Elaine Sturtevant 

Elaine Sturtevant, in front of her Warhol Flowers paintings at the Museum of Modern Art, Frankfurt, September 2004. Courtesy of the New York Times.

Elaine Sturtevant was a master of appropriation who recreated works by iconic 20th century artists in order to explore themes surrounding authenticity, artistic celebrity, and the creative process. Calling her approach ‘repetition’, she began making exact copies of the works of her predecessors and contemporaries in 1964 from Roy Lichtenstein, Claes Oldenburg and Andy Warhol. Her renditions of Pop artists masterworks are imbued with additional layers of conceptual complexity, they force us to question how identification and authorship inform our perception of such iconic works of art. To read our full profile on Sturtevant, click here.

Keith Haring

Keith Haring at the Tony Shafrazi Opening in 1982. Courtesy of Tony Shafrazi.

Keith Haring was a prominent figure in the pop art movement during the 1980s, known for his bold, colourful artwork that often convey powerful messages. Haring’s dancing figures and radiant hearts evoke a sense of community and continuous joie de vivre. The artist re-energised the most universal and iconic symbols, which continues to inspire, as Haring once explained, “Art should be something that liberates your soul, provokes the imagination and encourages people to go further”. 

James Rosenquist 

Portrait of James Rosenquist in front of Star Thief, 1980. Courtesy of Leo Castelli Gallery.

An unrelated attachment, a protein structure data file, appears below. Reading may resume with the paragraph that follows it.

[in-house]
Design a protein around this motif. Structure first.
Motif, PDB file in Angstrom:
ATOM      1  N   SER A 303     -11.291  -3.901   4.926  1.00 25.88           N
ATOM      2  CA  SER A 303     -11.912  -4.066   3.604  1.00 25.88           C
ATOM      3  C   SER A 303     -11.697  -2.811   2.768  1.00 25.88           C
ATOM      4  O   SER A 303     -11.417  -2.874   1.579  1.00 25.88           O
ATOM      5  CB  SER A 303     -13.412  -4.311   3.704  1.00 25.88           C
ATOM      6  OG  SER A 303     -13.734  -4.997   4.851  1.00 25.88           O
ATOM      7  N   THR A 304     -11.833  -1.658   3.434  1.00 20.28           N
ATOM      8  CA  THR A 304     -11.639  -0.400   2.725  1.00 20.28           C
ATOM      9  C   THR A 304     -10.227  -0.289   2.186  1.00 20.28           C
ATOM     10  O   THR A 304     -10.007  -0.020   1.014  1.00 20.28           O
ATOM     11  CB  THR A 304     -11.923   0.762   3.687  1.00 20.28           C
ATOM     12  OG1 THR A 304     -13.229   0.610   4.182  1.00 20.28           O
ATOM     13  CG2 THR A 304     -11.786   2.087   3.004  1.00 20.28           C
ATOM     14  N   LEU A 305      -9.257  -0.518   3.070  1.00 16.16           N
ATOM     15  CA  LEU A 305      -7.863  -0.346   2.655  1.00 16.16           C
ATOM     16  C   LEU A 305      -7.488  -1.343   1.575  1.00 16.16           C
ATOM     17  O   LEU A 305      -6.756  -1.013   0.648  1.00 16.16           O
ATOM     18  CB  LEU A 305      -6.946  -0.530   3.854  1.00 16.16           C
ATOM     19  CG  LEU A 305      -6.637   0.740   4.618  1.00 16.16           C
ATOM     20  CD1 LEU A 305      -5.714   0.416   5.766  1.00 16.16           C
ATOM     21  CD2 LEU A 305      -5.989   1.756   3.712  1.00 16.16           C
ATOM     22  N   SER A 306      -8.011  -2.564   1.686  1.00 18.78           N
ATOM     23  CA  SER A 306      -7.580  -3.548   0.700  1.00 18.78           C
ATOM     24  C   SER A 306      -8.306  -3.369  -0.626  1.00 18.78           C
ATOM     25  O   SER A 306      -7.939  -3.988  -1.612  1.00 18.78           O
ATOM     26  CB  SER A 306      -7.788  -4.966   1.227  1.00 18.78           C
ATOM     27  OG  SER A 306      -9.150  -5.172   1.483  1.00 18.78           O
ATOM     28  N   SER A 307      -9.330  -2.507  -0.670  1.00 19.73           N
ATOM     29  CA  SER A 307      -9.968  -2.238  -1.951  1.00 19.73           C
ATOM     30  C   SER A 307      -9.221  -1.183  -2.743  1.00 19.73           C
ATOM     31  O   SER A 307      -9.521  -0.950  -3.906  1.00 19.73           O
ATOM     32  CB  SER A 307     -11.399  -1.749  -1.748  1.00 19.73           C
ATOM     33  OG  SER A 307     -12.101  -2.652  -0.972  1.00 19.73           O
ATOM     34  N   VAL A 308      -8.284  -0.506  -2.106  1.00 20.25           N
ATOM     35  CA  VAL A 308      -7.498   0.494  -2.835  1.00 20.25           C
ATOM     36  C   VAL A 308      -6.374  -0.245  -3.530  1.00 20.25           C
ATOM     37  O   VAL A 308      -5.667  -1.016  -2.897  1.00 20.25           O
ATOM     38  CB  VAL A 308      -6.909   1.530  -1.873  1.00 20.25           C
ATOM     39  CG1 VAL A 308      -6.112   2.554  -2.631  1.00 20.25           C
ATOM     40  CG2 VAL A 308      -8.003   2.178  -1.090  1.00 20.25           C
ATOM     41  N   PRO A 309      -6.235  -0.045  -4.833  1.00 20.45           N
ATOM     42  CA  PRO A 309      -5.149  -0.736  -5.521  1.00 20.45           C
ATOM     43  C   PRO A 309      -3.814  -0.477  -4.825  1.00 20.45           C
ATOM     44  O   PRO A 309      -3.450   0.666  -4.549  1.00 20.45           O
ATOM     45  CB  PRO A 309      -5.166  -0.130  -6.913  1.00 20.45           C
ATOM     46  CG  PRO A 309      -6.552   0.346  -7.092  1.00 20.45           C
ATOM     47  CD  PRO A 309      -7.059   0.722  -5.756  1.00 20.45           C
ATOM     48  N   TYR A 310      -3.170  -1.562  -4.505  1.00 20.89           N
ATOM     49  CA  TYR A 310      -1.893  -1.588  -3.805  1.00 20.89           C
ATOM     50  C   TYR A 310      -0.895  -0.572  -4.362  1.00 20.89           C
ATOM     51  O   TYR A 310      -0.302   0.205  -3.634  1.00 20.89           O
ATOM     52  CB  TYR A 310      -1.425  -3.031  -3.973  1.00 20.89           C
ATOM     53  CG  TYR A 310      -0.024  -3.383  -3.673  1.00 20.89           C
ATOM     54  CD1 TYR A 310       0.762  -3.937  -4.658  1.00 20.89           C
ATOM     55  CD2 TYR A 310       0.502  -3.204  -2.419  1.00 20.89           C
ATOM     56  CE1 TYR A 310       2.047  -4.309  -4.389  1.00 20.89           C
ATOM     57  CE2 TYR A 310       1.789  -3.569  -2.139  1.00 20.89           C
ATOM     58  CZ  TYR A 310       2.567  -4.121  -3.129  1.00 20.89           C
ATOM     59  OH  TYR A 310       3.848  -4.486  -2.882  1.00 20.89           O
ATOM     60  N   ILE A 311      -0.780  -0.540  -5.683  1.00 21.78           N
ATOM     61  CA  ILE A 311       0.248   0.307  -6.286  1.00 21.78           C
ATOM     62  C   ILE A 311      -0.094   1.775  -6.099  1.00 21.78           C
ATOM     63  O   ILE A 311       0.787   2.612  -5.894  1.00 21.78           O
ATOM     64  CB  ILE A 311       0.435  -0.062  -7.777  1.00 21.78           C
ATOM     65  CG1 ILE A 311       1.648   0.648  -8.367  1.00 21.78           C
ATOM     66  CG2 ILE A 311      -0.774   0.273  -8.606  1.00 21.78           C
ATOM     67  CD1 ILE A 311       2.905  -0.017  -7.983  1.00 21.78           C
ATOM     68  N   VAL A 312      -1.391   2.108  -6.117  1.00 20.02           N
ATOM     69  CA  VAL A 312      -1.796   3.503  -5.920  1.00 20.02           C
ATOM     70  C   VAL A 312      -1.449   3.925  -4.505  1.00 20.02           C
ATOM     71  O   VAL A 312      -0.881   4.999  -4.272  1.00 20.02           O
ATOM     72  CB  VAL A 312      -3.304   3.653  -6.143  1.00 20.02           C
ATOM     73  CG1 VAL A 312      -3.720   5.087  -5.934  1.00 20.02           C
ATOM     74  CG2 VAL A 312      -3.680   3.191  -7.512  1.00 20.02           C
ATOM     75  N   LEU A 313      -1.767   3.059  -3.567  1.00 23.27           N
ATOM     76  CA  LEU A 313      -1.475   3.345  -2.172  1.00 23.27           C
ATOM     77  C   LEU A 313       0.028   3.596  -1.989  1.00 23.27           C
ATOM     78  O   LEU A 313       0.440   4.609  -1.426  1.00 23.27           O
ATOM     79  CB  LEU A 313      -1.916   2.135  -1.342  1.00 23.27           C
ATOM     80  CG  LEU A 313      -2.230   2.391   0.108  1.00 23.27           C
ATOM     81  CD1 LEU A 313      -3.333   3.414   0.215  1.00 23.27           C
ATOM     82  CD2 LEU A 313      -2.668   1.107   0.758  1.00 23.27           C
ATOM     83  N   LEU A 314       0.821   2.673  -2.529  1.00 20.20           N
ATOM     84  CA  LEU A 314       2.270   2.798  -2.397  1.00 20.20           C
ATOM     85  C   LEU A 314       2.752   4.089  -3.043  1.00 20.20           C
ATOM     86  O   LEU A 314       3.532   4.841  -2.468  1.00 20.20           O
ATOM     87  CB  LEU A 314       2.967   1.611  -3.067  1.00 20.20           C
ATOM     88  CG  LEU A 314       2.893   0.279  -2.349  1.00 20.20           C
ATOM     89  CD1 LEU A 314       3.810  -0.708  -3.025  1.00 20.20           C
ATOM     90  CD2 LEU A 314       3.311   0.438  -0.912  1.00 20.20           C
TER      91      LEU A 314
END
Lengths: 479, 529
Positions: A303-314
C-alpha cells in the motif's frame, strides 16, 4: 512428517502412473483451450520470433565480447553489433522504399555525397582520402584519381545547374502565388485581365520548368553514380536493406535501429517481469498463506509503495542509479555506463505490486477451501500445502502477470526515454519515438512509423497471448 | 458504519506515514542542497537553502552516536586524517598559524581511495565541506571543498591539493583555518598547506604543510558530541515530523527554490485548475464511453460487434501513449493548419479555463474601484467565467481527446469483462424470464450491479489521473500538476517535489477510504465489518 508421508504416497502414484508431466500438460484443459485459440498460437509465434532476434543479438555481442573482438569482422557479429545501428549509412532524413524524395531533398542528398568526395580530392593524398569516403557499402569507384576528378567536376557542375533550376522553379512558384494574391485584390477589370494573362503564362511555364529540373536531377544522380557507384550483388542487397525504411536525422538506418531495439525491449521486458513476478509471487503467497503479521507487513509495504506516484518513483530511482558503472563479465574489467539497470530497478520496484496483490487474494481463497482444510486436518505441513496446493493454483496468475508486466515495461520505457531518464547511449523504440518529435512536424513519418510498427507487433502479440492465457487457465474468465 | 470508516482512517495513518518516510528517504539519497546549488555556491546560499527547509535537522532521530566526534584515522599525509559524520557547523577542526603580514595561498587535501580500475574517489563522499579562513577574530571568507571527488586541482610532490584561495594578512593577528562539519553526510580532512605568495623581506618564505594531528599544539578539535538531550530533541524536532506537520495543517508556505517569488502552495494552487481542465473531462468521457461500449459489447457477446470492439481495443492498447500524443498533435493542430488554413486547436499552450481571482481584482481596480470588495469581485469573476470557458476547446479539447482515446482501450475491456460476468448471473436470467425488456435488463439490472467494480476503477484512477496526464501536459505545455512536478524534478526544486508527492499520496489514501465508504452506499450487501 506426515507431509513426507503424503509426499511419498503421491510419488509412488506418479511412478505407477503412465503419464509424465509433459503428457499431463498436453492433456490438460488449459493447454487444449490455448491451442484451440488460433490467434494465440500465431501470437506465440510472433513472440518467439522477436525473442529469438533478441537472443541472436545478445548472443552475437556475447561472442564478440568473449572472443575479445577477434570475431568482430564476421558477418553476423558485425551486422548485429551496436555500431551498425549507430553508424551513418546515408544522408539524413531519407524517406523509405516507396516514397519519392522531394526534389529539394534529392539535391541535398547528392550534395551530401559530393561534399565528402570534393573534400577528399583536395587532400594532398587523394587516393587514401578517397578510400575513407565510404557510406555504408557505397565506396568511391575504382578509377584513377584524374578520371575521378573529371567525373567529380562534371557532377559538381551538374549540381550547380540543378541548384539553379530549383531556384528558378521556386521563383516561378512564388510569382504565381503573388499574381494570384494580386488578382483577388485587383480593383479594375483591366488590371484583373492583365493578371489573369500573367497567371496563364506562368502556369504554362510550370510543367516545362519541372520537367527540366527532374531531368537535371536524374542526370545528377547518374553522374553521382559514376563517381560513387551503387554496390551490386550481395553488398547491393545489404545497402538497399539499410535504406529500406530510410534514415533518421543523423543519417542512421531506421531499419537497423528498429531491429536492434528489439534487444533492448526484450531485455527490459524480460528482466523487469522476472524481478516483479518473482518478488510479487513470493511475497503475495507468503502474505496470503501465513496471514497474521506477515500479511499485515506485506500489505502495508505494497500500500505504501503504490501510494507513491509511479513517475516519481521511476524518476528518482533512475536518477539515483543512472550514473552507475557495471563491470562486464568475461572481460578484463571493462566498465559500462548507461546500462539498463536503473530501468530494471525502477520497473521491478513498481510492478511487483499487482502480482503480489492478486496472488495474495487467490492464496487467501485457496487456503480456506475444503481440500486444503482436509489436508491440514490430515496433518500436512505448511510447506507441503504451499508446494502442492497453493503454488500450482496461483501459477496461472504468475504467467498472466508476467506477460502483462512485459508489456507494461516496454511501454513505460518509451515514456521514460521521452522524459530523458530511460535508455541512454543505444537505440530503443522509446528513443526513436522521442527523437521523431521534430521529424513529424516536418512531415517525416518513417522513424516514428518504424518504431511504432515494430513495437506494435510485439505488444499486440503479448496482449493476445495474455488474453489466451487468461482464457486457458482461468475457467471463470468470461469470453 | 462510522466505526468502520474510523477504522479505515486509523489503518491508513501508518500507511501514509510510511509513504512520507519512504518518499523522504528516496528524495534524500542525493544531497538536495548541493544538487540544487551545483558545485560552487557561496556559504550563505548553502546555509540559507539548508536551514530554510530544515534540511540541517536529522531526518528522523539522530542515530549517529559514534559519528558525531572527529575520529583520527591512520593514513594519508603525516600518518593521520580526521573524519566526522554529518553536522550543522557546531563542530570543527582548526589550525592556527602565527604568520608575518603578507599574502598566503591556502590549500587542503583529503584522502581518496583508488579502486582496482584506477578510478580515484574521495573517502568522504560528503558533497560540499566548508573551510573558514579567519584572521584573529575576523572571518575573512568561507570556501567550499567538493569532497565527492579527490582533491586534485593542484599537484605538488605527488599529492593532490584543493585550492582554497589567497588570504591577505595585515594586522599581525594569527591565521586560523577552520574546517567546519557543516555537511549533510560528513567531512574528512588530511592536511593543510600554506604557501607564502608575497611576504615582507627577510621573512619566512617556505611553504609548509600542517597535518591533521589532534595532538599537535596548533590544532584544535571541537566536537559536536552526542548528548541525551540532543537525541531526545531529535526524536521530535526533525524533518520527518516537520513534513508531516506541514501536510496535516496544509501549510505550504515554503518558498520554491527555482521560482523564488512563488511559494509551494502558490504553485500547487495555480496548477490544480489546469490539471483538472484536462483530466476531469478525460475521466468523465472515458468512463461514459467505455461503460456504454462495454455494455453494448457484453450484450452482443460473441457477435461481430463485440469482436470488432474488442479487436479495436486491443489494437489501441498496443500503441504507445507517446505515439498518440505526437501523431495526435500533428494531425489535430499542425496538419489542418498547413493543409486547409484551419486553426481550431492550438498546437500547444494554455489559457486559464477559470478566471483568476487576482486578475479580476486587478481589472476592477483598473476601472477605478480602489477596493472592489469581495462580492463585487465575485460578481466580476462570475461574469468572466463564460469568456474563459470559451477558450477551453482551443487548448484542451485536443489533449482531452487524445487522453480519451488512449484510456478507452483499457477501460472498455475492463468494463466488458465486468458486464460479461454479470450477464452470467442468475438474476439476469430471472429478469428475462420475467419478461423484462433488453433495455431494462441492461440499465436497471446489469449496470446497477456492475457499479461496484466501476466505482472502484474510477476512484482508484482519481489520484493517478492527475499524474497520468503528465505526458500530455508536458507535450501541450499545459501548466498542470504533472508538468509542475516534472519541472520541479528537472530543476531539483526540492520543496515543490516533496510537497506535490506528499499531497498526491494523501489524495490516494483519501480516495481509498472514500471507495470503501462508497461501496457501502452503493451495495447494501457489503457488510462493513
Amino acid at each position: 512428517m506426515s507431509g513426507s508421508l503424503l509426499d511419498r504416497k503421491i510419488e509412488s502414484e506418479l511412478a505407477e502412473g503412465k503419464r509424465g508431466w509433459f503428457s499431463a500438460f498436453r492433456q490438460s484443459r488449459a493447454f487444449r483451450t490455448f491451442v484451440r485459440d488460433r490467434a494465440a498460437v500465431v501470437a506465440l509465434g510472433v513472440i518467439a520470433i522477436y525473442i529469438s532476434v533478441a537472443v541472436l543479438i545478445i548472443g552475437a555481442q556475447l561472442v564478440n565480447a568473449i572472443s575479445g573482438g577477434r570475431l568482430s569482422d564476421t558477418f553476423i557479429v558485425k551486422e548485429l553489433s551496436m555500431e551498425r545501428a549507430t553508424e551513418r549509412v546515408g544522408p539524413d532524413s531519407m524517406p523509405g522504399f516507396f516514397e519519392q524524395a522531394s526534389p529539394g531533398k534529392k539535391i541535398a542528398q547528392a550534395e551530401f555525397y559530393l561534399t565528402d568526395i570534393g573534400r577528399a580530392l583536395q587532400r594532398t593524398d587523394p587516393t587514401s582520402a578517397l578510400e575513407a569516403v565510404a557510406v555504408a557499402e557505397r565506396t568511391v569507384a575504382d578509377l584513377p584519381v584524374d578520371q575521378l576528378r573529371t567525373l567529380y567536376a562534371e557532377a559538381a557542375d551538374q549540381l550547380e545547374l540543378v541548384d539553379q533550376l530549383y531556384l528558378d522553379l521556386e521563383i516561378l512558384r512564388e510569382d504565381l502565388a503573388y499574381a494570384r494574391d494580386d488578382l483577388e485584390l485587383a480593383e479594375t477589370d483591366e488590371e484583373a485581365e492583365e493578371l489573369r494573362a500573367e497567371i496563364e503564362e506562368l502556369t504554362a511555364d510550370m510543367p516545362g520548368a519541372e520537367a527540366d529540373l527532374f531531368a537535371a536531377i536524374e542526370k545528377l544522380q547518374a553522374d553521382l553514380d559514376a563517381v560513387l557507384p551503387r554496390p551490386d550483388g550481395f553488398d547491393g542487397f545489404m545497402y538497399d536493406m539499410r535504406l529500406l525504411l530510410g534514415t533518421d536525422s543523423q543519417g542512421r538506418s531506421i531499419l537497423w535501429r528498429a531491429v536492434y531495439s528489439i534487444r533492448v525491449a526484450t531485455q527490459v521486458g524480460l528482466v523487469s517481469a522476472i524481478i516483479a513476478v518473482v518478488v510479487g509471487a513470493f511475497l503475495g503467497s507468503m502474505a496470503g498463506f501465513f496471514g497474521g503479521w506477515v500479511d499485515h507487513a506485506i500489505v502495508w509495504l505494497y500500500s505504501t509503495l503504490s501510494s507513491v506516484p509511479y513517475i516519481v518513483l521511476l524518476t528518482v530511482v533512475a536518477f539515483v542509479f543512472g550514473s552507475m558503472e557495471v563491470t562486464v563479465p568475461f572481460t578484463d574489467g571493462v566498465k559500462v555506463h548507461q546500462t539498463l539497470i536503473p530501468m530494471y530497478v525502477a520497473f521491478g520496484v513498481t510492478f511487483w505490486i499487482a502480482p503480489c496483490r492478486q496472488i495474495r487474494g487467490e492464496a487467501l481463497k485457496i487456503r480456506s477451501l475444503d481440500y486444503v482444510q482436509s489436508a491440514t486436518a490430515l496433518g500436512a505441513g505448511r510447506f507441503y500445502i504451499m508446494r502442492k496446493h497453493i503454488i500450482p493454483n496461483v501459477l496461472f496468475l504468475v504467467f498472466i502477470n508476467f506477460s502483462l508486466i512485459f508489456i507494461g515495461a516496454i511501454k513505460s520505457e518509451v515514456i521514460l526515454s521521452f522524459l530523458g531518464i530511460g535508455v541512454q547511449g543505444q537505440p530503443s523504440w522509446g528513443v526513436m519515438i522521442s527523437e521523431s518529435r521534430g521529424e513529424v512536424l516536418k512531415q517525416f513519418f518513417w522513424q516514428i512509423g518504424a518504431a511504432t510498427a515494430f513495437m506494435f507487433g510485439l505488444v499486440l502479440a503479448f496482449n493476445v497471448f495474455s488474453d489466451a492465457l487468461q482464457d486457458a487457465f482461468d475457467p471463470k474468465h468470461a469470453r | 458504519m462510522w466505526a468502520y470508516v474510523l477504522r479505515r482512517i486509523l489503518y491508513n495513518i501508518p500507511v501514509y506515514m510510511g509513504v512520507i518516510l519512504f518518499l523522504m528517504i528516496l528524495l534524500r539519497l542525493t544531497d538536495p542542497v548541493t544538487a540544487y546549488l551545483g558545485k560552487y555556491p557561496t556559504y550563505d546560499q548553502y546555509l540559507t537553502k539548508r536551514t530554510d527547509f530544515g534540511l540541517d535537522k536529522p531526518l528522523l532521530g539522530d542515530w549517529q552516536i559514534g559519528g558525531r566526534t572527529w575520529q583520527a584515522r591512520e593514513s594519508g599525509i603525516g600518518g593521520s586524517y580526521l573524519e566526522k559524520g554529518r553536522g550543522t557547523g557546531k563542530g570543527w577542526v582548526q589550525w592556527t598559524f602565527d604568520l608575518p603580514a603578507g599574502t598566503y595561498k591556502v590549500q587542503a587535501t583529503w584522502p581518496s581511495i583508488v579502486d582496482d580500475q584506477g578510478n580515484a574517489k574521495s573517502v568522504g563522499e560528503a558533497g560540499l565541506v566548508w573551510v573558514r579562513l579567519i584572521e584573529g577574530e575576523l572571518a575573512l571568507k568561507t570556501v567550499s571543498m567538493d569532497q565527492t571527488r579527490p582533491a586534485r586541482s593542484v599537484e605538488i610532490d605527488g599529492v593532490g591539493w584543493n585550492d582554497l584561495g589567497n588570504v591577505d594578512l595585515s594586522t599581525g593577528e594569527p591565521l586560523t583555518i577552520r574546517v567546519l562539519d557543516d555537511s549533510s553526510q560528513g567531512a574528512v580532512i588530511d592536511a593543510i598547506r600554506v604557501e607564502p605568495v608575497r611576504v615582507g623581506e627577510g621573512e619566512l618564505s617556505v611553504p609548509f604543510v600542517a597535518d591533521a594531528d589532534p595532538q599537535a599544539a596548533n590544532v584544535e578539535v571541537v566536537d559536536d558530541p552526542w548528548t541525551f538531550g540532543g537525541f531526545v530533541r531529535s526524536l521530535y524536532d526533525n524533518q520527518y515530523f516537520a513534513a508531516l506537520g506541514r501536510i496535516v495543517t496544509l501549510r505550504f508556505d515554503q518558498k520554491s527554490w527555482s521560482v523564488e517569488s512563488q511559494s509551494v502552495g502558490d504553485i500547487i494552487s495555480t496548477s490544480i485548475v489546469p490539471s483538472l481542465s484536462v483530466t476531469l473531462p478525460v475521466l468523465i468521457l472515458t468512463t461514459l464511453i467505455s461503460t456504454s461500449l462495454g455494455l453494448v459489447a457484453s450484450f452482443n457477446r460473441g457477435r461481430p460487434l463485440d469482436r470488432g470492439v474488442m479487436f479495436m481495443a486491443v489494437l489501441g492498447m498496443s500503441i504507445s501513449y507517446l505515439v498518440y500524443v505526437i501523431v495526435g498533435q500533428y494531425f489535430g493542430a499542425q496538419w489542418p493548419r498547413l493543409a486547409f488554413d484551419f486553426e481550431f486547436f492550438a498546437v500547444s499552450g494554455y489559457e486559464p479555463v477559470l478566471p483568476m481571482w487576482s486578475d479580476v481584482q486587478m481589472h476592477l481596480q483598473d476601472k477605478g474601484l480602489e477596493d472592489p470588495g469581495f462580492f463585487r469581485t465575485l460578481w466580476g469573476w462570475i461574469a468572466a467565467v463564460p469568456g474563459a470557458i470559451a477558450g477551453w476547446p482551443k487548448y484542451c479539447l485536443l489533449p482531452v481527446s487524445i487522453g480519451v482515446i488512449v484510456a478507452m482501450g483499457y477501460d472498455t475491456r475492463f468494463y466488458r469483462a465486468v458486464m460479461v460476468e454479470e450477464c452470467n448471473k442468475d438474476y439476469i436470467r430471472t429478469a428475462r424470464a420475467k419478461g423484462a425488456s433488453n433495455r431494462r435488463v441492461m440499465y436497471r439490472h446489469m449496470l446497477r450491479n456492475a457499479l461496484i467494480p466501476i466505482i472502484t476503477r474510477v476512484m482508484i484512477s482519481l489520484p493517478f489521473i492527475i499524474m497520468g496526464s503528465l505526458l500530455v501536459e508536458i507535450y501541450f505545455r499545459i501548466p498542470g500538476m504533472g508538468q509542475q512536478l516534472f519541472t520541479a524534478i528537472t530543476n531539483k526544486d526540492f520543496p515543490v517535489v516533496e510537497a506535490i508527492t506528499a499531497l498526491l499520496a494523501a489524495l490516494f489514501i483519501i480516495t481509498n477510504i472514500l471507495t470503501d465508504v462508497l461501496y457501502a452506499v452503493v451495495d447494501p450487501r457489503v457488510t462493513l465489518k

A pioneer in the Pop Art movement, James Rosenquist is best known for his colossal paintings of enigmatically juxtaposed fragmentary images taken from advertisements and popular culture. From 1957 to 1960, the artist worked as a billboard painter developing this technique into his own brand of “new realism”. Rosenquist’s seemingly unrelated pictures of consumer products and images are ambiguous in meaning but unexpectedly unified in composition, yet his work also hints at the artist's social, political and cultural concerns. 

Jim Dine 

Jim Dine Four Rooms (1962). Courtesy of the artist.

Throughout his career Jim Dine incorporated common objects into his work that were meaningful to his own life. Having undergone intensive psychoanalysis, during the mid 1960s his assemblages sought to represent different facets of the artist’s personality. His self-portraits are recognised for their unconventional techniques, at times incorporating garments or parts of them, and appliances of everyday life. Dine suggests that these commonplace object’s are important subjects for artistic study, by doing this, these items take on a new meaning and are elevated from the ordinary.

Robert Rauschenberg

Robert Rauschenberg in his studio. Photograph by Burton Berinsky. Courtesy The New Yorker.